Already following his first exploration, Christopher Columbus brought home gold and slaves in 1493. Almost immediately departing again, he eventually set foot on mainland America (still think he was in Asia), changing the region and its people further.
Upon the discovery of gold, Europeans forced the Indigenous to excavate it for shipments home. Already weakened from disease and the harsh working conditions, they were now forced to work in a situation that prioritized the amounts of gold excavated over their safety and sanity. To reinforce the weaning labor forces, Europeans would bring in African slaves to speed the process along.
When it became evident that the gold supply was getting depleted, the Europeans redirected many of the Indigenous workers to the sugarcane fields. With sugarcane crops thriving in Antilles, Mexico, and Brazil's climate, the Europeans saw it as another opportunity to make a lot of money back home.
They also got the Indigenous involved in the cash economy, making them dependent on the Europeans for even a meagre survival.
There are two prevailing myths associated with alcoholism and Indigenous peoples. The first myth states that Indians were genetically predisposed to alcohol abuse. This is incorrect, as it would be the same to say that all people, regardless of their race, are predisposed to alcohol. It is more correct to say that alcohol is an addictive substance, and all people are predisposed to becoming addicted, with the Indigenous no more than any other race.
Before the Columbian Exchange, the Indigenous did not have alcohol to consume like the kind the Europeans had, while the Europeans had long practiced succumbing to its effects: the increased bravery and the heightened enjoyment. Unlike the Indigenous, they also knew about the highly addictive quality of alcohol, keeping it unmentioned upon introducing the substance to the Indigenous. Others argue that the Europeans had time to adjust to alcohol, while the Indigenous were suddenly drinking the traded alcohol litres at a time.
The second myth states that the Indians got addicted at their own fault, being unable to deal with the rapid modernization that the Europeans sought in the New World. Some infer that Europeans purposely would get the Indigenous drunk to make the conquering easier. Others say that it was not intentional, and was just one of the goods traded by the Europeans, which the Indigenous seemed to enjoy.
Nevertheless, decades later, the bias of the Indigenous alcoholics and menaces persists. Meanwhile, a white person with a drinking problem is often overlooked.
2. The Last of the Maya
"On March 13, 1697, Spanish troops from Yucatán attacked and occupied Nojpeten, the capital of the Maya people known as Itzas, the inhabitants of the last unconquered native New World kingdom...Despite protracted resistance from the native inhabitants, thousands of them were forced to move into mission towns, though in 1704 the Mayas staged an abortive and bloody rebellion that threatened to recapture Nojpeten from the Spaniards" (Grant D. Jones, The Conquest of the Last Maya Kingdom).
Residing in the region of Guatemala and Mexico, in South America, the Maya culture reached its peak of power in the 6th century AD. Leaving behind symbolic architecture and artwork, they were one of the most intelligent early civilizations, executing quality pottery, calendar-making, and calligraphy, as well as being skilled in agriculture, astronomy and mathematics. They built their civilization craftily in the rainforest, taking advantage of the many plants and fruit that their environment bore, including bamboo, coconut, and other exotic species. They used limestone for construction, volcanic rock for tools, and even had salt to consume.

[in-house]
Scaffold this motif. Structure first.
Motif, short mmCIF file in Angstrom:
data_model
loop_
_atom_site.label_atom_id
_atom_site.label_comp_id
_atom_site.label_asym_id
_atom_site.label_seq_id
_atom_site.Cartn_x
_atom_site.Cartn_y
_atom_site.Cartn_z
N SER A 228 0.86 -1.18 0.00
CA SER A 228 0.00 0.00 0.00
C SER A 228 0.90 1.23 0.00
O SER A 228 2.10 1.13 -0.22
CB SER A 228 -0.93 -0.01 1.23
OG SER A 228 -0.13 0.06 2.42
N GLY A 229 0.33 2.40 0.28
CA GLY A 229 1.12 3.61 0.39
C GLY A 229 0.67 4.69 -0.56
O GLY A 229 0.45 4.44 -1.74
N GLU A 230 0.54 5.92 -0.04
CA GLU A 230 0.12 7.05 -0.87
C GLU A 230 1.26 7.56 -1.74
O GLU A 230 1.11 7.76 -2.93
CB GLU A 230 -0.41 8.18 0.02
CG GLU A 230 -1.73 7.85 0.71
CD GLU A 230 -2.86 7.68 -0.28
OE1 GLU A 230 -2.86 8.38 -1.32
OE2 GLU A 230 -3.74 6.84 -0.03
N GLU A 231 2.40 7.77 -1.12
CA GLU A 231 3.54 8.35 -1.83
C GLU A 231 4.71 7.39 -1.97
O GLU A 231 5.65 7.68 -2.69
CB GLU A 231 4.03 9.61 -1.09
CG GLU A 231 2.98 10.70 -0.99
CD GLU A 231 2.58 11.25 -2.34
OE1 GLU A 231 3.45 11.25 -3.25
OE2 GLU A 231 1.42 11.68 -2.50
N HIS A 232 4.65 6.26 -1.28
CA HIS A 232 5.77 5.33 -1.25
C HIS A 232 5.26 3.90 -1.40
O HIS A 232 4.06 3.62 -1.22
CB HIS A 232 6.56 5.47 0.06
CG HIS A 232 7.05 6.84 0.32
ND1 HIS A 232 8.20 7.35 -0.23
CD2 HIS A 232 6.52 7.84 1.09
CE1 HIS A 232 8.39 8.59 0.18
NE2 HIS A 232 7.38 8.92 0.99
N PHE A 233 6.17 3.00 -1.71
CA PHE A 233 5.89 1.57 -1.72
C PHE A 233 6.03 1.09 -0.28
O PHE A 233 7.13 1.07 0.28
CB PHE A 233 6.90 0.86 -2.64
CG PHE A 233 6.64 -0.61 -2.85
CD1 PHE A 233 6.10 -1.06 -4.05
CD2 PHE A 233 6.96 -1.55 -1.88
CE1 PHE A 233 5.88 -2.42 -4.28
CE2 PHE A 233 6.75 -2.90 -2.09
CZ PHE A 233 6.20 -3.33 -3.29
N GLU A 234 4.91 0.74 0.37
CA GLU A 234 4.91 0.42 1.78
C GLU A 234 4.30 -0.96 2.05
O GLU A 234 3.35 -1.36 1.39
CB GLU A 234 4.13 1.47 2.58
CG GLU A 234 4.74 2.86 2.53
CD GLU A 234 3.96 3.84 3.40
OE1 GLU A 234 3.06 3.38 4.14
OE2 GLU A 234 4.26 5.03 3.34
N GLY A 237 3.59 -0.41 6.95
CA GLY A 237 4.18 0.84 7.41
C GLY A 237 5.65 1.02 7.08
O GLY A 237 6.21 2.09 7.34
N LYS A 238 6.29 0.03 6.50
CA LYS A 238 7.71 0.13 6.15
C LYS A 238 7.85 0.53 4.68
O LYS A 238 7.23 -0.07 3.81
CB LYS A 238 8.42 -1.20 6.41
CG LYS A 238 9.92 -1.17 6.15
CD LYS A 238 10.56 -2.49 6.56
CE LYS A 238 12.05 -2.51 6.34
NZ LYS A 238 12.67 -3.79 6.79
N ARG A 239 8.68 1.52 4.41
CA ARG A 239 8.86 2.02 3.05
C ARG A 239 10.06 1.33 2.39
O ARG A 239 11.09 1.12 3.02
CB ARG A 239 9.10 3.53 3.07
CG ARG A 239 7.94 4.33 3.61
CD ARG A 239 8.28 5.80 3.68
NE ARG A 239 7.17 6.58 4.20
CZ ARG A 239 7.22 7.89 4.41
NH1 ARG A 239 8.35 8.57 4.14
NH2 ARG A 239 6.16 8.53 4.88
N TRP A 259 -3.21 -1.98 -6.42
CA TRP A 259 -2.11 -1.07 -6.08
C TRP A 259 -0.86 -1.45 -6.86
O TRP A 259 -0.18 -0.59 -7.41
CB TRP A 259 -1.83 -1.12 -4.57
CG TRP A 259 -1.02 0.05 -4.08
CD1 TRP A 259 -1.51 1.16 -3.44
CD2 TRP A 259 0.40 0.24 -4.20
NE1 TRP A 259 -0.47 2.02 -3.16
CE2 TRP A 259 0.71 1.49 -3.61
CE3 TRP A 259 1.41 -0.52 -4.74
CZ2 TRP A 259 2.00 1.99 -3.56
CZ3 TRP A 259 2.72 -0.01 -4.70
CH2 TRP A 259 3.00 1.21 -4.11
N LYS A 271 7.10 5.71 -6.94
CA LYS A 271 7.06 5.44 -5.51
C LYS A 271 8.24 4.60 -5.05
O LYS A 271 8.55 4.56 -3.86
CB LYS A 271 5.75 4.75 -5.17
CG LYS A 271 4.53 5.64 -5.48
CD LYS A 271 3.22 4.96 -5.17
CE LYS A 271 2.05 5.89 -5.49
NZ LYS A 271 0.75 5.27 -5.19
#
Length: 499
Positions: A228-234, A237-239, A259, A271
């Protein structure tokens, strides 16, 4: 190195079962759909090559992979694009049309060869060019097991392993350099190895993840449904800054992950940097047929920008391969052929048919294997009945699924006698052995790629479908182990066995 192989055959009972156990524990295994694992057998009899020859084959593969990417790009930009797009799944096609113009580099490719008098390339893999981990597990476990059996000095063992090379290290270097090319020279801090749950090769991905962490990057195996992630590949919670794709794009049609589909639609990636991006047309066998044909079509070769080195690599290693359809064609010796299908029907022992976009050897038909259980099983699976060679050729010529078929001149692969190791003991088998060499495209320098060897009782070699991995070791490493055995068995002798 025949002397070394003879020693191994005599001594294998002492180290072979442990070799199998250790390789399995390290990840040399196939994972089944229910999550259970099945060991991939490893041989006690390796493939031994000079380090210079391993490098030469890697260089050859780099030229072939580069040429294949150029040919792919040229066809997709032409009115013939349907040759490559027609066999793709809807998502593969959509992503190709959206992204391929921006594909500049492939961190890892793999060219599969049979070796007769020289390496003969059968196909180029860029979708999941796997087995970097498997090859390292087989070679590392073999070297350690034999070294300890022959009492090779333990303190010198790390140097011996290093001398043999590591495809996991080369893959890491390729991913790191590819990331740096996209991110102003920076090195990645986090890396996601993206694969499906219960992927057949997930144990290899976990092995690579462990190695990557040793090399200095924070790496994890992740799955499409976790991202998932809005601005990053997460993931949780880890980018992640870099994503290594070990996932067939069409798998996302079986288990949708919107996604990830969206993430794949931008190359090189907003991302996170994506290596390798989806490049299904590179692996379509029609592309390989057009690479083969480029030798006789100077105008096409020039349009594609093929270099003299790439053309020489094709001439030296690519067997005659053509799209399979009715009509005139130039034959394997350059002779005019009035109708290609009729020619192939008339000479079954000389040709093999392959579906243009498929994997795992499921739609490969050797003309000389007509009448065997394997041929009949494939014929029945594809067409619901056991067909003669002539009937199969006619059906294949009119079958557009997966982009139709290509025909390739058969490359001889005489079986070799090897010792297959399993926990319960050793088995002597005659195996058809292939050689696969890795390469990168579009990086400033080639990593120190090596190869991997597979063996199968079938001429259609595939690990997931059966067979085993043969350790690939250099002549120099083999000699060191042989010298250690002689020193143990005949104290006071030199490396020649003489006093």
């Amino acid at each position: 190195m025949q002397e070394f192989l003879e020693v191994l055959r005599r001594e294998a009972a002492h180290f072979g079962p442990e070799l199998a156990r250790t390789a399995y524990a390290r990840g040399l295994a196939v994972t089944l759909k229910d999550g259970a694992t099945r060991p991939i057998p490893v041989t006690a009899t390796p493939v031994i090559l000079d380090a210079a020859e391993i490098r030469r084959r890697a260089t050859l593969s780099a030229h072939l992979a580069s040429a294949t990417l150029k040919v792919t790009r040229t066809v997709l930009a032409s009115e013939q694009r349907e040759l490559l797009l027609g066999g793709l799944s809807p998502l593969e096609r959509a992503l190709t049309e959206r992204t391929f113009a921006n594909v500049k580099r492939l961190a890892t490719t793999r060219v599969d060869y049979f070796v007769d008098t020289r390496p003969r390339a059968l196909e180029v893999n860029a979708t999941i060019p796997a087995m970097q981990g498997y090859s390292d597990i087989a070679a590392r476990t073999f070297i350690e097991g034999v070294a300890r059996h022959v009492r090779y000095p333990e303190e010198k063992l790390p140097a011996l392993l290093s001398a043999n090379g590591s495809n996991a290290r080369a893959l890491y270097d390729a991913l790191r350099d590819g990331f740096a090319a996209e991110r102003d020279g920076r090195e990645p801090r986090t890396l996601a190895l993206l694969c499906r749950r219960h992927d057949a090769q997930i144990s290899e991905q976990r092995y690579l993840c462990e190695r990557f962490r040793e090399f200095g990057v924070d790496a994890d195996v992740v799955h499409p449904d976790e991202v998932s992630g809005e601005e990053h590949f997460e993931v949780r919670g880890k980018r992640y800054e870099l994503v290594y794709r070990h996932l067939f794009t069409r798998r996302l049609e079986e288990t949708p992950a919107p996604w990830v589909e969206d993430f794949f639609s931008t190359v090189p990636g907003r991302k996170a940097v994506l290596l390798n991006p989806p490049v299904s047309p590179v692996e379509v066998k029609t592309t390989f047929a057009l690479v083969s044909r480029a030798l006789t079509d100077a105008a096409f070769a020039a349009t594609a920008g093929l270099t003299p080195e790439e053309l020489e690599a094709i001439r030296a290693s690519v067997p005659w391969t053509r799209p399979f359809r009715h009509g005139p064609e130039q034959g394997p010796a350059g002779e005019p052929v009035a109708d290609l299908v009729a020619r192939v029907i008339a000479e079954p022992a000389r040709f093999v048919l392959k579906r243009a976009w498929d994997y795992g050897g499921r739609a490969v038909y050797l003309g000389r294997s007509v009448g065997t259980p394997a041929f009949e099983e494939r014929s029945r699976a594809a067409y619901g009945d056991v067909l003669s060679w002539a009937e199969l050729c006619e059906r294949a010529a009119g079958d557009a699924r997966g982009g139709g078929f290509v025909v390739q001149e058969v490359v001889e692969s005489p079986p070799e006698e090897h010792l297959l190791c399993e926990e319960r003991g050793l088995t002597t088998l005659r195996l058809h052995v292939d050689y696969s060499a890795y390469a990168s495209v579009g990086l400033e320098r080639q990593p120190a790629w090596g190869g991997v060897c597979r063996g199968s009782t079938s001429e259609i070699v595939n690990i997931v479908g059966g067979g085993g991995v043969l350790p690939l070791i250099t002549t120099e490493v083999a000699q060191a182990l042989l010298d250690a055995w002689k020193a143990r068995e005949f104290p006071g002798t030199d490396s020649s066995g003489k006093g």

Although their noticeable decline began in the 900s, AD, it is unclear what exactly sealed their fate, with the eventual depletion of the natural resources which ultimately disabled them from feeding large quantities of people, as well as a long period of drought being two prominent theories. Studies show that the last of the Mayans tribes were extinguished by the European explorers, although not Columbus himself. However, 60% of Guatemalans today are of Mayan descent.
1. Language and the Forced Assimilation
According to the Gettysburg College studies, none of the Indigenous tribes had a written language. The Europeans introduced them to the Roman letters, insisting that they learn their single alphabet to make the communications between the parties easier, as opposed to trying to understand the myriad of languages of the Indigenous tribes.
Prior to the exchange, there were many Indigenous tribes with distinct customs, religions, hierarchies within their societies, and thousands of languages and dialects. Through the above-mentioned methods and European reasoning, a non-reversible process has started within the first century of their arrival, to change the New World forever, significantly eliminating the culture and the languages of all Indigenous tribes.
While some interactions between the explorers and the Indigenous have been positive, such as sharing practices and discovering new crops, Europeans believed that their duty was to "civilize" the Natives, resulting in the full loss of sovereignty for the latter. What began as many independent groups with a myriad of languages, cultures and traditions, has changed into a more narrow spectrum of tribes, while English, Spanish, and Portuguese languages prevailed through the legacy of colonialism.
Slowly, Indigenous cultures and traditions have regained their value, with the belief that diversity is a good thing, as well as the preservation of the remaining Indigenous languages gaining significance in the 20th century.